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derived. And it is the same way that you will read In the Dosy Hours; you will irresistibly turn page after page and will have finished the entire book without having for a moment thought that it is the work of an unusually clever woman.

Those who expected to have stories similar to the Sherlock Holmes adventures presented to them in Mr. Conan Doyle's latest book will be disappointed. And yet the fact remains that The Adventures of Sherlock Holmes are by far the least artistic production from Mr. Doyle's pen, and Round the Red Lamp* contains stories, some of which are artistic in the extreme, and are far more creditable to their author than the former. The Red Lamp is the sign of the general practitioner in England, and these stories deal with various incidents and adventures in the lives of medical practitioners. The Case of Lady Sannox and Lot 249 are immensely exciting; the other stories in the book are merely interesting, but for the most part are very excellently written and will more than hold the reader's attention. In The Doctors of Hoyland, Mr. Doyle gives another view of the prevailing woman question, and presents the female doctor in a new and favorable light. The Third Generation and The Curse of Eve are perhaps the two most artistic stories in a remarkably clever and readable collection.

Mr. Ropes' Story of the Civil Wart is particularly successful, because it is really the first history of the Civil War or indeed of any war which is written on the right plan. When two nations fight they do not look at things in the same light, nor are the causes of their quarrel identical as a rule. When a history is written from the standpoint of one of the contending parties, or even in the impersonal, off-hand way in which most histories are written, the true causes, which are all important, are often necessarily lost sight of. Mr. Ropes has attempted a new method and has succeeded admirably in presenting to the reader the quarrels and ideas of both the North and the South, and he develops this plan in a praiseworthy way as the book progresses. His style is interesting, clear, precise. Mr. Ropes' history is by far the best we have seen of the Civil War, and written as it is in a novel way, which, after all, is the only true way, it may well be said to be the only really comprehensive history of the occurrences of this period.

Mr. Simonds has produced a useful and interesting volume which we should all find room for on one of our bookcase shelves. He calls it American Song, and to use his own words, it is "a collection of representative poems, with analytical and critical studies of the writers." Besides our leading American poets he includes in the volume many contemporary poets whose work, while not all good, is at least interesting for the sake of

*Round the Red Lamp. By A. Conan Doyle. Pp. 307. New York: D. Appleton and Company.

The Story of the Civil War. By John Codman Ropes. Pp. 274. New York: G. P. Putnam's Sons.

American Song. By Arthur B. Simonds. Pp. 310. New York: G. P. Putnam's Sons.

comparison. Prefacing their poems he gives a short life of each author. The introductions which Mr. Simonds has written to the poems of the more celebrated writers are delightful little essays in themselves, and Mr. Simonds' work is no mean addition to the book, which is certainly a sensible collection of American poetry.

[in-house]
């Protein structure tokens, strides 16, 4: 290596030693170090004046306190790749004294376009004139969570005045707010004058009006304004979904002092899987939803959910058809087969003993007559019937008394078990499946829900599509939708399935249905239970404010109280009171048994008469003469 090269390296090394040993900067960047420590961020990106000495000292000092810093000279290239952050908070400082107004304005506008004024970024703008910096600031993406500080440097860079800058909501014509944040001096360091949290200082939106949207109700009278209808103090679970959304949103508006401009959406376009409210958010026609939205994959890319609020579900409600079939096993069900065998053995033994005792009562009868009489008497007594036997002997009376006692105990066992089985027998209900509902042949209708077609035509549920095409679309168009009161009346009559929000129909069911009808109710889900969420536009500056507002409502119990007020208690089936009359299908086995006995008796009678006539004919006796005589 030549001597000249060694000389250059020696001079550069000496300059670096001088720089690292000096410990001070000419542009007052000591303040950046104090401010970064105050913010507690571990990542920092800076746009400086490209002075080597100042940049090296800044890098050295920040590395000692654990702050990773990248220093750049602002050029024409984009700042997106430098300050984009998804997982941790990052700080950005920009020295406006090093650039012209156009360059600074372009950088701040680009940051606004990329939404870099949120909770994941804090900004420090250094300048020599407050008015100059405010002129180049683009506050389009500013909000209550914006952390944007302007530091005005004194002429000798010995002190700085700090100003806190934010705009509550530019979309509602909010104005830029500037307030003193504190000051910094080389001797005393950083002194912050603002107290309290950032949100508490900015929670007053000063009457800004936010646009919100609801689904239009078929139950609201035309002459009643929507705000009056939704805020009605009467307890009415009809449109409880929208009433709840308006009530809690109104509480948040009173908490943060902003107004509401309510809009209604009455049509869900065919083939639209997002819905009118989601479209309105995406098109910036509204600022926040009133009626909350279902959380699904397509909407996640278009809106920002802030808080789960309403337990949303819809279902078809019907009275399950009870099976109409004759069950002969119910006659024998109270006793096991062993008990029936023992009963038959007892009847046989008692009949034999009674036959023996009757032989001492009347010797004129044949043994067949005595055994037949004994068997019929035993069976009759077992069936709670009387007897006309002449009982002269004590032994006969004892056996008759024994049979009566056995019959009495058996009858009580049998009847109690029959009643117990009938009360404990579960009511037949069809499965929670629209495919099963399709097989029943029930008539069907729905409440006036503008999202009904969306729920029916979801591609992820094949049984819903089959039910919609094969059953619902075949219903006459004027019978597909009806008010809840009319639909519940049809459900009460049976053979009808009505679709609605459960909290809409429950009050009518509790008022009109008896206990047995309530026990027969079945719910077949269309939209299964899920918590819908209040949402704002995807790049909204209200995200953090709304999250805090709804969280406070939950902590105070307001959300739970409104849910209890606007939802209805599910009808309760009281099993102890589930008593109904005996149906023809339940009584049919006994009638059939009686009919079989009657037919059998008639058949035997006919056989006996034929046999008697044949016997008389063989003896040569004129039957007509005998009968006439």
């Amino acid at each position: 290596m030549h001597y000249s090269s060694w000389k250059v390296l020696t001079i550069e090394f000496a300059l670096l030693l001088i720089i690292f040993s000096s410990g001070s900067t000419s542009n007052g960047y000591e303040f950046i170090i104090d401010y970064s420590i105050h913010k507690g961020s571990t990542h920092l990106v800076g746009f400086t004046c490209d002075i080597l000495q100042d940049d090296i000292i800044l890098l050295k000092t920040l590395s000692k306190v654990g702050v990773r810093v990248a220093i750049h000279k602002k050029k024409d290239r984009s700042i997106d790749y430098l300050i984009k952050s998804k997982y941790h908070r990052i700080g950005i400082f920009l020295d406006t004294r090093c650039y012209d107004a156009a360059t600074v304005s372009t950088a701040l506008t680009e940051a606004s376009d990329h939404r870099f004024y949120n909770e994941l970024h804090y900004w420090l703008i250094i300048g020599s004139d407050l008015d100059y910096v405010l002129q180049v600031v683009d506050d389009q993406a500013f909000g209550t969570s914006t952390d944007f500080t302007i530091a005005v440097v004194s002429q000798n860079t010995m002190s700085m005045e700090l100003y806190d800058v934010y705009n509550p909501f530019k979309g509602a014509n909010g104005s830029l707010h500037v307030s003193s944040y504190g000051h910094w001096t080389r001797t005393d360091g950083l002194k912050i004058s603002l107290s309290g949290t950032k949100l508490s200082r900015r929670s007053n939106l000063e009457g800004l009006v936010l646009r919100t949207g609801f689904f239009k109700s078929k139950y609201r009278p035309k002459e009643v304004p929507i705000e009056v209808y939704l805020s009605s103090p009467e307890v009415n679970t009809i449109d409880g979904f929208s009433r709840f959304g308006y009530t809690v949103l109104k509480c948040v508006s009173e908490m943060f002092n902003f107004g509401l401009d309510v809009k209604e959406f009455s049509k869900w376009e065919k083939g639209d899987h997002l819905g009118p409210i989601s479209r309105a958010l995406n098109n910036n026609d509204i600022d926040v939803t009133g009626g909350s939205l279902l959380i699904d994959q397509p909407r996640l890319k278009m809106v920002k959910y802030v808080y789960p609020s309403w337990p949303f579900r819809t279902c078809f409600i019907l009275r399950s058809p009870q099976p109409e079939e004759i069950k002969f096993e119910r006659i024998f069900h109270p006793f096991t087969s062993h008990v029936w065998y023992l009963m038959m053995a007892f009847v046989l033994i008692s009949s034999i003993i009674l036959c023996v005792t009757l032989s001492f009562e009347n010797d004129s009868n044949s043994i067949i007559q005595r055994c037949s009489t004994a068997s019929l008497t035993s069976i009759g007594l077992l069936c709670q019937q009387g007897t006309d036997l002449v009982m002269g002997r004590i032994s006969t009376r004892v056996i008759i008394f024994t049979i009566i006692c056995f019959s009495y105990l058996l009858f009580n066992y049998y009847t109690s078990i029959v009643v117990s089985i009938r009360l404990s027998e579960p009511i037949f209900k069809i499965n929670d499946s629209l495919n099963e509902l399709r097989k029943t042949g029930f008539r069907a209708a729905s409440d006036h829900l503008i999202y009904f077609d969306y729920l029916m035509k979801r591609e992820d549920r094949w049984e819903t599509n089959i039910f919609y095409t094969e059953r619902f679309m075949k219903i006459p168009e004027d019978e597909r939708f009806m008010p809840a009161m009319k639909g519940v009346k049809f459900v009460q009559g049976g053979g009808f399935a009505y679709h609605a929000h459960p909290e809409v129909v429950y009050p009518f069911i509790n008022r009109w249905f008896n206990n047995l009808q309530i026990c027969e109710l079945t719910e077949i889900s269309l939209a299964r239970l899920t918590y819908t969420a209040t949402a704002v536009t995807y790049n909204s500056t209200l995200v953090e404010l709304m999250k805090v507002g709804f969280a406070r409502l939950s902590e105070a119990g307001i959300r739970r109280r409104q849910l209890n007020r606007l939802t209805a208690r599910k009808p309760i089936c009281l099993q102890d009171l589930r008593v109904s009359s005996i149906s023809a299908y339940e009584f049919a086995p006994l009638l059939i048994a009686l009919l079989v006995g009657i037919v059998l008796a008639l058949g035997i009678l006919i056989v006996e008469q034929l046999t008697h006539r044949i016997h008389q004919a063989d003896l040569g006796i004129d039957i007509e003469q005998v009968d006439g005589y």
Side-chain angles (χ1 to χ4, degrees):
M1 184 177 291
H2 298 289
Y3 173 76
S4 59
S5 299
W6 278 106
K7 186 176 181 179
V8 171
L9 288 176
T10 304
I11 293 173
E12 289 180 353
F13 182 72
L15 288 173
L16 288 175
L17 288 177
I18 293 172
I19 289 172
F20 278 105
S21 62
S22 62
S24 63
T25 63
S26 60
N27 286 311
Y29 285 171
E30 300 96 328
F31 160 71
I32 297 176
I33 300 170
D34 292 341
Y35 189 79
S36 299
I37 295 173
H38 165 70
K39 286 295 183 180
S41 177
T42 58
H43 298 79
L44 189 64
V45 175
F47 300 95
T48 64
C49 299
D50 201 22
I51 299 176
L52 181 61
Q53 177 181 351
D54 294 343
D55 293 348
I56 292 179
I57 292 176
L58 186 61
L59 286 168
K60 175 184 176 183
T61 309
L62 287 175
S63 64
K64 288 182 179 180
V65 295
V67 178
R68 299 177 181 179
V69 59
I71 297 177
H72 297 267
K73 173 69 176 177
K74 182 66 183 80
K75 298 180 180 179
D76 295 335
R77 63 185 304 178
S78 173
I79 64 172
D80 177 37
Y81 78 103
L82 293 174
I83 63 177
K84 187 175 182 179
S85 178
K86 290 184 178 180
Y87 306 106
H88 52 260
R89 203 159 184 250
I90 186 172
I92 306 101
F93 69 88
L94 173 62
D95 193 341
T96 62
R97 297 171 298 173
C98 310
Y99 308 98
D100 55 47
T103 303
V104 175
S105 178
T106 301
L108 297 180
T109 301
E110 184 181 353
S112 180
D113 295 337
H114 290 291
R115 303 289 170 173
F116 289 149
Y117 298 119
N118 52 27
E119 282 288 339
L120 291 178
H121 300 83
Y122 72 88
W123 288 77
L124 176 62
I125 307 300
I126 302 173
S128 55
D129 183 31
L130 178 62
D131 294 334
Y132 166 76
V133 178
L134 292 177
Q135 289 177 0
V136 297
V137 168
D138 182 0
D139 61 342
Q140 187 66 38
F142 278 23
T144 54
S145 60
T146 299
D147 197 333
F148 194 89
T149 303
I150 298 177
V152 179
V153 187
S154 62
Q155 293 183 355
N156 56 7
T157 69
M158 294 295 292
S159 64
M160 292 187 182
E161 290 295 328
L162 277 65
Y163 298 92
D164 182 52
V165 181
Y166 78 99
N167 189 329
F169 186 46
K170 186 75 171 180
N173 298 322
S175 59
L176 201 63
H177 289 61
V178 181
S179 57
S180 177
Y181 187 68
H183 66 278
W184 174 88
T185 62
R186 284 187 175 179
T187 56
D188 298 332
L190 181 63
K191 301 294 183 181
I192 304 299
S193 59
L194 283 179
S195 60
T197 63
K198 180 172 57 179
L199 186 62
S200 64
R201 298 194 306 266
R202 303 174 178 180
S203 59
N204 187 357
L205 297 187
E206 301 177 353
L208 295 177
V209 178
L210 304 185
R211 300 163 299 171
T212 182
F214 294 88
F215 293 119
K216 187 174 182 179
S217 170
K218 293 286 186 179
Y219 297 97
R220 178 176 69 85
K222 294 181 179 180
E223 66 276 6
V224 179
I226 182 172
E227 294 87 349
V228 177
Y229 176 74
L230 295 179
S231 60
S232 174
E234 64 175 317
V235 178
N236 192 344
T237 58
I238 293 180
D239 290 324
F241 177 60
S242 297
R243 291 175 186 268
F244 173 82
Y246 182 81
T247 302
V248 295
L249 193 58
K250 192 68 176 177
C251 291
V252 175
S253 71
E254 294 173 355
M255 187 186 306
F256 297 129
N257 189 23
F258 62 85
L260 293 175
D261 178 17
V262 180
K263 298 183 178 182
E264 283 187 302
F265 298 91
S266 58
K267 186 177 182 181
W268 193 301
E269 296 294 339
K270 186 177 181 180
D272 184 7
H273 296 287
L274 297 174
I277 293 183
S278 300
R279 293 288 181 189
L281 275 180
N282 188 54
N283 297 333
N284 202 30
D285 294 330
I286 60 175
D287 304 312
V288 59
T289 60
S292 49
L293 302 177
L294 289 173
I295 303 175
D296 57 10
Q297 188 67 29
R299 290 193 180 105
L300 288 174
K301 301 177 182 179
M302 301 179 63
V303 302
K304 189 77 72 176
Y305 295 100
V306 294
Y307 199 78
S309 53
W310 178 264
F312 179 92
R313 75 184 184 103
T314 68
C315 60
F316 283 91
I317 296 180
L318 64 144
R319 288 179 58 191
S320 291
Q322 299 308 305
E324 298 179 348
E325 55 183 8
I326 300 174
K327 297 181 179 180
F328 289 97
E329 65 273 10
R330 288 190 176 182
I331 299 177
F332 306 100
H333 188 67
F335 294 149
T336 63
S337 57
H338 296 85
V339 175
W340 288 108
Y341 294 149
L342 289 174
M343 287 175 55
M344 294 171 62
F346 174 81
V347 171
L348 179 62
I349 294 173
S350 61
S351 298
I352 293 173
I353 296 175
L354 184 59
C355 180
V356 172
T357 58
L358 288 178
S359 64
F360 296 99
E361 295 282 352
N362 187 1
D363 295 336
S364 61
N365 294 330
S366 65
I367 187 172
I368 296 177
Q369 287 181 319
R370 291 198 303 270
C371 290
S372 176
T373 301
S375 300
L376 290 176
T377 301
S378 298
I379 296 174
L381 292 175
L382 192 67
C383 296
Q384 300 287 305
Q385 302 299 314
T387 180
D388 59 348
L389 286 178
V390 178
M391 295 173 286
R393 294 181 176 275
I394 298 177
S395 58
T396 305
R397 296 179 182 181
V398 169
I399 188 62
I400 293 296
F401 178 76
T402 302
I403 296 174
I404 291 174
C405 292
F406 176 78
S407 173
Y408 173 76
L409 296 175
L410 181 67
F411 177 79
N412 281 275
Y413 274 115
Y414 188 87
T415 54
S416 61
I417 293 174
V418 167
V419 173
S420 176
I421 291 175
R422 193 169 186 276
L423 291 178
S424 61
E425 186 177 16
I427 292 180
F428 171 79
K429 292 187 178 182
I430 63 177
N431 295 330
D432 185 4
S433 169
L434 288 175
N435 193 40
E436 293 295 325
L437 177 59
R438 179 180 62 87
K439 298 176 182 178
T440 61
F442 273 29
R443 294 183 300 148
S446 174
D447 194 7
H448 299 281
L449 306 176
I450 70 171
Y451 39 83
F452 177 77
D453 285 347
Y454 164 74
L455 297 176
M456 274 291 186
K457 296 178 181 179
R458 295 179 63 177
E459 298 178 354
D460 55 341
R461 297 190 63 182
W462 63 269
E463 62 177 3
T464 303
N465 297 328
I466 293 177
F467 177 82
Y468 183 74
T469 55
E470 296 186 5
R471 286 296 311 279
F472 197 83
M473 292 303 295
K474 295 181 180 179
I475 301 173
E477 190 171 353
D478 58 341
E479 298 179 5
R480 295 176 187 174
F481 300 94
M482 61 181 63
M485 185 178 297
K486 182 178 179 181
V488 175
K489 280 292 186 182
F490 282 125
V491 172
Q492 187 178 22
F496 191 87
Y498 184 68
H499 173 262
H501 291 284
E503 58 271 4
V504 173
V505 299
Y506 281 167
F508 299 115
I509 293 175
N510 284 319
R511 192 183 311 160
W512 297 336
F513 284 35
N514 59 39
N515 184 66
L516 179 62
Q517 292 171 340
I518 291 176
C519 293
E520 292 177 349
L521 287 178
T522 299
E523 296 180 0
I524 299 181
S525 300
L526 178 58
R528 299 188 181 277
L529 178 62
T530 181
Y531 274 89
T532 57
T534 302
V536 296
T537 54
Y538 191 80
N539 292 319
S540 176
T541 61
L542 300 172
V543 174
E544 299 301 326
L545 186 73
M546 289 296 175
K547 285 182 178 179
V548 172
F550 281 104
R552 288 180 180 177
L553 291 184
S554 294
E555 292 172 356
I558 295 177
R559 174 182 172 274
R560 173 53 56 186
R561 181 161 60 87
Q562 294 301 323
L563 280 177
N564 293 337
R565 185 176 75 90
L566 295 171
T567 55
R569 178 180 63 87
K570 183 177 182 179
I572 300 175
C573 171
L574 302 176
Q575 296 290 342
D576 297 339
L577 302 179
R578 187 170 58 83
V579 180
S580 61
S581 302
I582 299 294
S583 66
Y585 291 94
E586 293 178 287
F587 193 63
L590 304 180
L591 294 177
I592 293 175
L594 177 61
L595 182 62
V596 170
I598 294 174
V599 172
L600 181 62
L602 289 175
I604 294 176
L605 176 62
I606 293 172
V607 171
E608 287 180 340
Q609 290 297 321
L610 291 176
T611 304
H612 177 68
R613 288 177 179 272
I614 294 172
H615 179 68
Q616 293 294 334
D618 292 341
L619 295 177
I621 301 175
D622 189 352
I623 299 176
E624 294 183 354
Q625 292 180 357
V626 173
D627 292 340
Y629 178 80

Among the numerous collections of verse which have appeared lately is a very dainty little book called Pipe and Pouch; The Smoker's Own Book of Poetry* Nothing prettier of this kind has been issued for a long time, and the idea is not only original but charming. The title sufficiently explains the purpose of the volume. The verses are all in praise of the narcotic weed, and the editor has succeeded admirably in keeping the poetry, whose authorship ranges from Ella Wheeler Wilcox and Rudyard Kipling to William Cowper and James Russell Lowell, up to a high standard. At a time when all of us are racking our brains over Christmas presents a book of this sort comes as a kind of inspiration. The binding and typography are perfect, and the volume deserves wide notice and a large sale.

Sincerity is the keynote of Wesleyan Verse,t a pretty little volume sent to us from Middletown, and this is indeed, as the Editor says, the first characteristic of all good literature. The poems are, as they should be, of the lightest possible description, and the standard is high. College verse is often worth preserving, and we wish heartily that when another book of this kind is issued from Yale we shall produce as excellent and creditable a volume as this one from our smaller sister University.

Putnam's have started a new series of books on the same plan as the successful "Stories of the Nations" series. This is to be called the "Hero of the Nations Series," and promises to be fully as useful and entertaining as the former. The volume on Cicerot is very complete and follows the life of this "hero" to its smallest detail. It gives an account of Cicero which cannot be found in the Roman histories or in the encyclopedias, and is a valuable addition to the literature concerning him. Mr. J. L. StrachanDavidson writes pleasantly, and in appearance the book is all that could be desired.

It is a pity that Alethea Wiel did not deal more with the political and romantic side of Venice in the writing of this book.§ The mere history, shares of those peculiar beauties which make every nook and corner in Venice so

*Pipe and Pouch: The Smoker's Own Book of Poetry. Compiled by Joseph Knight. Pp. 182. Boston: Joseph Knight Company. Price, $1.25. Wesleyan Verse. Pp. 112. Selected from the Undergraduate Publications of Wesleyan University. Edited by Frederic Lawrence Knowles. Middletown, Conn.

Cicero. By J. L. Strachan-Davidson, M.A. Pp. 446. New York: G. P. Putnam's Sons.